If I were told that what I shall write will be read in twenty years by the children of today and that they will weep and smile over it and will fall in love with life, I would devote all my life and all my strengths to it.
Tolstoy's teachings influenced Mahatma Gandhi in India. His collected works, which were published in the Soviet Union in 1928-58, consists of 90 volumes. He was such a voracious writer! Tolstoy was not just a writer but also a saintly person who worked for peace and universal brotherhood. His pen always sympathized with the poor and the neglected among people. He taught us that one should try to live a pure and saintly life and love even his enemies.
Russian author and one of the greatest of all novelists, Leo Nikolaevich Tolstoy was born on August 28,1828 at Yasnaya Polyana (Russia). He was the fourth of five children. His parents died when he was a child. Soon after the passing away of his parents, his grandmother, who loved him so much, also passed away. Due to these deaths of his most beloved members in the family, Tolstoy became a different child and developed serious ideas about life, death and happiness. He was a quiet and self-conscious boy and had very few friends.
In 1844 Tolstoy started his studies of law and oriental languages at Kazan University, but he never took a degree. Tolstoy's years at the University were difficult. He did not even like the type of education being given at the universities. He believed that knowledge without service to mankind is a useless thing. So he left his studies in between and returned to Yasnaya Polyana.
In the 1850s Tolstoy began his literary career, publishing his autobiography in three parts: “Childhood” (1852), “Boyhood” (1854), and ”Youth” (1857). Tolstoy's major works include “War and Peace” (1863-69) and “Anna Karenina” (1875-77). Tolstoy once said, "The one thing necessary in life as in art is to tell the truth." Tolstoy's life had two aspects reflecting side by side: one as an author of great novels, and the other, as a great saint devoted to personal and social transformation of the humankind.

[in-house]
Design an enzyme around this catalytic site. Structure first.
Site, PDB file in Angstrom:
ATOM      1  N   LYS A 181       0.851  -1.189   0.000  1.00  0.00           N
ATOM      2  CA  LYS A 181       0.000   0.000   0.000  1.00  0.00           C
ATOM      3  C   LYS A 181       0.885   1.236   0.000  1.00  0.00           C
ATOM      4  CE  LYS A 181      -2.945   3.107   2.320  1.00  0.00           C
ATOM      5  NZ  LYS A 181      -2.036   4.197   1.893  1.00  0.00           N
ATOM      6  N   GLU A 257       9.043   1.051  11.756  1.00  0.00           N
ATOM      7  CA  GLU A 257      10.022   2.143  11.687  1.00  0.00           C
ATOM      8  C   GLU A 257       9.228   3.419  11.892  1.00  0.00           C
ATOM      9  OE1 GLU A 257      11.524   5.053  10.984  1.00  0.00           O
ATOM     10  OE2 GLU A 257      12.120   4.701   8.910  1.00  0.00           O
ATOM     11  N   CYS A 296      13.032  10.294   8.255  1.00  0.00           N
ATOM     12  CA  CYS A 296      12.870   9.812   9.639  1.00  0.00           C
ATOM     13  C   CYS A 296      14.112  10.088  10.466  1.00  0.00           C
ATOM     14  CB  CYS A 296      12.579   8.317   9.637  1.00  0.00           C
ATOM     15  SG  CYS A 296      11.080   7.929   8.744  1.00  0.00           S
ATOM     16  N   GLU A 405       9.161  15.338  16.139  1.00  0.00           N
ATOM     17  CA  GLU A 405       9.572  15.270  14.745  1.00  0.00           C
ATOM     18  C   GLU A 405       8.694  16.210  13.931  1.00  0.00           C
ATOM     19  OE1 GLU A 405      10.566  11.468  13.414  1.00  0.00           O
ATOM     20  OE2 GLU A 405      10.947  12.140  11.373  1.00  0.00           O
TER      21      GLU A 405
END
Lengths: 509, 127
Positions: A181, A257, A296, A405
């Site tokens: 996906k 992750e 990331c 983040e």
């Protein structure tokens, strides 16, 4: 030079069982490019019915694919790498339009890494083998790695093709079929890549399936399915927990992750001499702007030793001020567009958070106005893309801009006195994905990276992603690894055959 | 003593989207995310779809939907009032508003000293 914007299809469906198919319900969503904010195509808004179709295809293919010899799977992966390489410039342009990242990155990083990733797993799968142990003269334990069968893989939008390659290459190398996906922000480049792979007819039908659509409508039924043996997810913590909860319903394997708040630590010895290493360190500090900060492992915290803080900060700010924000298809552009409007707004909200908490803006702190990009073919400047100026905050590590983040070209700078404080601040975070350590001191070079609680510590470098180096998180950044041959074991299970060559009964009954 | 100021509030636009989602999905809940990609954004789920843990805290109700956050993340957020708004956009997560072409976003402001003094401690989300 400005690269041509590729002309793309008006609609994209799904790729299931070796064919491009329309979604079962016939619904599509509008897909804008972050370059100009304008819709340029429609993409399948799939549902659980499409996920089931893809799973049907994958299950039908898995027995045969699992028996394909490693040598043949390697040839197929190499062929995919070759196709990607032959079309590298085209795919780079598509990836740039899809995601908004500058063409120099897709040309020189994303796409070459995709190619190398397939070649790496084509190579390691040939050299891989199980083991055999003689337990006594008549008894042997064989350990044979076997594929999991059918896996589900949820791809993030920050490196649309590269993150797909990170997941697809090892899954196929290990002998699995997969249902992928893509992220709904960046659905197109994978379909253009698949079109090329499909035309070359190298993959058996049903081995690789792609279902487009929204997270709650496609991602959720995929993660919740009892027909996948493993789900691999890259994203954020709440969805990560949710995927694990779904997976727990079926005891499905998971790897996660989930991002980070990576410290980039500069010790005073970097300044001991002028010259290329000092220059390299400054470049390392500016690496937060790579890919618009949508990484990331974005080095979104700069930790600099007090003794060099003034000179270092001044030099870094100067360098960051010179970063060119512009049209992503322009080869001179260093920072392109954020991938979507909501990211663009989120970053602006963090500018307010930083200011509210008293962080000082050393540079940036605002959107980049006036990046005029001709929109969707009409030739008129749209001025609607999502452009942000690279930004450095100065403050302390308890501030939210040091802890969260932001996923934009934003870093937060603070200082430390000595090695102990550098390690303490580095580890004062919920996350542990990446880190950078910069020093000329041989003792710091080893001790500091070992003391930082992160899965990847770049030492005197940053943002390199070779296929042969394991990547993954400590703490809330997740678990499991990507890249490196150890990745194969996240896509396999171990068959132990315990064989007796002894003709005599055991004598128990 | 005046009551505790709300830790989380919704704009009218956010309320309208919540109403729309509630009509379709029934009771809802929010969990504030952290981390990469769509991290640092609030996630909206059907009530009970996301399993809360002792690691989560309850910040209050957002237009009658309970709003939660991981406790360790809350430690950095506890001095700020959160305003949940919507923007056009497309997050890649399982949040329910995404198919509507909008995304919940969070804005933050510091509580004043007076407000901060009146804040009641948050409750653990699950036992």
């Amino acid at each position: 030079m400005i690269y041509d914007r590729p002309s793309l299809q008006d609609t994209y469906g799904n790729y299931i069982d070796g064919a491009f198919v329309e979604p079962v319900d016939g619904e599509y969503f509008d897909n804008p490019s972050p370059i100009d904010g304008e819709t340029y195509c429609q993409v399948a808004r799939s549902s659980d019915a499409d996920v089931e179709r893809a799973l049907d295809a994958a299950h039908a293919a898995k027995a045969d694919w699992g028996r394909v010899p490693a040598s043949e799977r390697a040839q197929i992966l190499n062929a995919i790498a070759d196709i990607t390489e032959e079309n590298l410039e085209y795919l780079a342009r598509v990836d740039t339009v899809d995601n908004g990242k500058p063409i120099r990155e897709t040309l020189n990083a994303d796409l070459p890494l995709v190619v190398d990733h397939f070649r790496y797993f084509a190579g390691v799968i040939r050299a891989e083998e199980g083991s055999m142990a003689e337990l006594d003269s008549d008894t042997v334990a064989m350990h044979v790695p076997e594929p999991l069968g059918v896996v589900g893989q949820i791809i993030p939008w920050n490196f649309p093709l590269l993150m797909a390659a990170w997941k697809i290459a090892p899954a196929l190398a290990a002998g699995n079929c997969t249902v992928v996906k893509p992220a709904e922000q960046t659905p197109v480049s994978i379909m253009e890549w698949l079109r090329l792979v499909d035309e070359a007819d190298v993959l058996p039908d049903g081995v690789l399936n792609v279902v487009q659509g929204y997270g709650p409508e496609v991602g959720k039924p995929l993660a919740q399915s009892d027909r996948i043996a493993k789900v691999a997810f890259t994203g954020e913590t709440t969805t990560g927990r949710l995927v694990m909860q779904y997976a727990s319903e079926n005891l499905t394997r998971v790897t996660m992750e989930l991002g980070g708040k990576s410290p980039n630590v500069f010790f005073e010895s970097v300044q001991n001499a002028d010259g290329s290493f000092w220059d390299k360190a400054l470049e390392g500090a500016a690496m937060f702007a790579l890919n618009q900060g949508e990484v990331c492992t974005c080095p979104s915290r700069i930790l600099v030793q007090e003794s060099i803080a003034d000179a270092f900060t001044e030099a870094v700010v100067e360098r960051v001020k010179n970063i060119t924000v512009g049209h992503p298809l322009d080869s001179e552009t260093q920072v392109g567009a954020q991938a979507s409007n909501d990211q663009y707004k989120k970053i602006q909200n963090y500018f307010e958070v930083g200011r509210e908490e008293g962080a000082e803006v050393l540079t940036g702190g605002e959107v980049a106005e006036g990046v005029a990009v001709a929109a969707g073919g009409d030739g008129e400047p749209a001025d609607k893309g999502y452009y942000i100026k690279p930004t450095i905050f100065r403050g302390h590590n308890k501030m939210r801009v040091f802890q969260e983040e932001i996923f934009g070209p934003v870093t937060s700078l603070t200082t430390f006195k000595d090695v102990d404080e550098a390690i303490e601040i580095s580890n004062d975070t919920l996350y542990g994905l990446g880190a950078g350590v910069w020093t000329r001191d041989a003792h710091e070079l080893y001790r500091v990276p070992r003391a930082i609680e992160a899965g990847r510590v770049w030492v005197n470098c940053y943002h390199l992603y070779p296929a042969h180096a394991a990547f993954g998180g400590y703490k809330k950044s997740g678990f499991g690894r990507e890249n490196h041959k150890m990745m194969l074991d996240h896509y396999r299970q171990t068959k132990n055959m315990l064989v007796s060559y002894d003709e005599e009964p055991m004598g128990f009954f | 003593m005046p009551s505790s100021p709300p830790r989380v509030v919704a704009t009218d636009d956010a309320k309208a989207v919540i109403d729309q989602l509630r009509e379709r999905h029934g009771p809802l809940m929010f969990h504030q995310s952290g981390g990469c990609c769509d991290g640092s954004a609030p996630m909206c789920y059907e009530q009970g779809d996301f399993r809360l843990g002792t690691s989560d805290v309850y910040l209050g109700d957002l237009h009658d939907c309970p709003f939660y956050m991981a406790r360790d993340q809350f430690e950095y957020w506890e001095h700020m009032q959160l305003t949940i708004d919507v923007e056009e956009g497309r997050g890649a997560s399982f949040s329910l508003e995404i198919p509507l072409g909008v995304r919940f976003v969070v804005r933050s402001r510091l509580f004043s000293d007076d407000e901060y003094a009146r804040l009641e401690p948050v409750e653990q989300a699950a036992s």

In 1857 he visited France, Switzerland, and Germany to learn more about social reforms. After his travels Tolstoy settled back in Yasnaya Polyana, where he started a school for poor children of the farmers. He saw that the secret of changing the world lay in education. In 1862 he married Sonya Andreyevna Behrs who also acted as his devoted secretary. Tolstoy was a voracious reader and he liked Literature and Philosophy. He had a deep knowledge of the thoughts and philosophies of Plato, Rousseau, Dickens, Goethe, Thackeray and Eliot. Tolstoy was a powerful personality of his time and an immortal writer who inspired many souls. He wrote in a very simple style but if you will read his stories, they will touch your very core of heart. Rabindranath Tagore, the first Nobel Laureate of India, reflects Tolstoy’s image greatly imbibed in his work and personality.
Tolstoy's major work, “War and Peace”, appeared between the years 1865 and 1869. The epic tale depicted the story of five families against the background of Napoleon's invasion of Russia. War and Peace reflected Tolstoy's view that all is predestined, but we cannot live unless we imagine that we have free will. Tolstoy's other masterpiece, “Anna Karenina”, tells us the tragic story of a married woman who follows her lover but finally at a station throws herself in front of a train. In the 1880s Tolstoy wrote such philosophical works as “A Confession” and “What I Believe”, which was banned in 1884. “Voskresenia” (1899) was Tolstoy's last major novel.
Tolstoy died of pneumonia in November, 1910, at a far-off railway station.
Image courtesy: abcgallery.com
Portrait of Leo Tolstoy. 1884. by Nikolay Gay. Oil on canvas.
The Tretyakov Gallery, Moscow, Russia